LONDON: Latest data from the Science Based Targets initiative (SBTi), enabling companies to set GHG emissions reduction targets, says while 18 European power companies have approved science-based targets, the US only has one – NRG Energy.
The Houston, TX-based company has an approved 1.5°C science-based target and is committed to reduce absolute Scope 1 and 2 emissions by 50 percent by 2025 and 100 percent by 2050 from a 2014 base year. This means it will cut at least 32 million tonnes of emissions by 2025.
Other major US utilities, including Duke Energy, Dominion and Southern Company, have defined their own 2050 net-zero targets resulting in only a 1-2 percent reduction per year.
By contrast, European power companies Enel, EDP, Iberdrola, Siemens Renewable Energy, Orsted and Verbund have approved 1.5°C targets and are reducing emissions at an average rate of 59 percent over 10 years. Combined, these companies will cut more than 136 million tonnes by 2030.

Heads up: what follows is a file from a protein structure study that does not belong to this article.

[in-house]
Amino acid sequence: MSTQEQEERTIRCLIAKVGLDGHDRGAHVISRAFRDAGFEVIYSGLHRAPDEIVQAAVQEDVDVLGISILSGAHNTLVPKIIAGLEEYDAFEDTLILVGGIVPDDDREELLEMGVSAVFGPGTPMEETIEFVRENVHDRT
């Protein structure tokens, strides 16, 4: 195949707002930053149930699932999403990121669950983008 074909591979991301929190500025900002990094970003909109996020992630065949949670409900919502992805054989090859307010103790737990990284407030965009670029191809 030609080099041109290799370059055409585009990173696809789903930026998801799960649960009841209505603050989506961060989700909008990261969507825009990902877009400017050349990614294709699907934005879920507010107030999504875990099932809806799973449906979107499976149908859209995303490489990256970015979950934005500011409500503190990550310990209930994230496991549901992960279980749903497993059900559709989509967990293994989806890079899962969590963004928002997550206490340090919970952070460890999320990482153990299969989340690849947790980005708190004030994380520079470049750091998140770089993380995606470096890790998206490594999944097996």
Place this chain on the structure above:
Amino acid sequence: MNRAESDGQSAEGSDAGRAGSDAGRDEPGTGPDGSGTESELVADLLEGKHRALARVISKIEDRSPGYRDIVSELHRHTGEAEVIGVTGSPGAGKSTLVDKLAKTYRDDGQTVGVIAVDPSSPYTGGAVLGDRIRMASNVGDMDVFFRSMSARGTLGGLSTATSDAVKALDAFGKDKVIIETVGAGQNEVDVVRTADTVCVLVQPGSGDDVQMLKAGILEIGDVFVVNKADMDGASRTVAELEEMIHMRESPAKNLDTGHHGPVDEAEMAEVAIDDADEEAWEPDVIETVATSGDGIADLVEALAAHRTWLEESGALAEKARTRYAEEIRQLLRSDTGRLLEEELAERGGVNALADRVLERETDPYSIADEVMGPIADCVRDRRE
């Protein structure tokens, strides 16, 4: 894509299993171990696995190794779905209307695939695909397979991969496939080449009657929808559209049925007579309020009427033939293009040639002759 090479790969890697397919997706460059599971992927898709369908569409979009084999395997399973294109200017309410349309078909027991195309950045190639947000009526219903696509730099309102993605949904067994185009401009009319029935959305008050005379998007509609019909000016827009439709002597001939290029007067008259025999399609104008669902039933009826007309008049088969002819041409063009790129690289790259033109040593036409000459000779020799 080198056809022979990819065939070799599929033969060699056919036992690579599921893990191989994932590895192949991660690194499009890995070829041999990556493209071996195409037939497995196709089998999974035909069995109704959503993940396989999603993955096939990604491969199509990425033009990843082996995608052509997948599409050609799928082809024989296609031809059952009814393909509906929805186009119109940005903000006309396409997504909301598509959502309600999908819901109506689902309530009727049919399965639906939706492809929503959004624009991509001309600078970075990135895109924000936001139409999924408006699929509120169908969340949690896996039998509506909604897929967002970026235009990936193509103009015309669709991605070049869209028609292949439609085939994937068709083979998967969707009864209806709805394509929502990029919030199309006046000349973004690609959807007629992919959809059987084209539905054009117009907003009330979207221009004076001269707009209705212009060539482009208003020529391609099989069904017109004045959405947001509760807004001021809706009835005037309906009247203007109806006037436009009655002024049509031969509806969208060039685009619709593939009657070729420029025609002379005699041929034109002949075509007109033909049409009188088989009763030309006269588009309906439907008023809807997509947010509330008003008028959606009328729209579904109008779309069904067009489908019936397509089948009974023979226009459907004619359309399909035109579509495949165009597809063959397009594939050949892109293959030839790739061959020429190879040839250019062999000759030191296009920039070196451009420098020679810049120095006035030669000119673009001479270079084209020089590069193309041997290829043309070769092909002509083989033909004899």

They are included in a group that has joined the SBTi’s ‘Business Ambition for 1.5°C’ target to reduce total Scope 1 and 2 emissions of 303.5 million tonnes by 2030, more than the GHG emitted by Spain last year (272 million tonnes).
While the US is committed to cut emissions 50-52 percent from 2005 levels by 2030, much depends on the Biden Administration enacting an ambitious Clean Energy Standard. If passed into law, the goal is to generate 80 percent clean electricity by 2030 and 100 percent by 2035, up from 12 percent in last year.
“The science is clear - we must halve global emissions by 2030 and the electricity sector must lead the way,” said SBTi managing director Alberto Carrillo Pineda. “But currently, the European electricity sector is powering ahead of North America. Europe has demonstrated the possibilities, and the US must now deliver an energy revolution that rapidly phases-out coal and gas while turbo-charging the expansion of renewable energy.”
The SBTi is inviting all remaining major European utilities, including Vattenfall and ENBW, to make 1.5°C a goal.
Story Type: News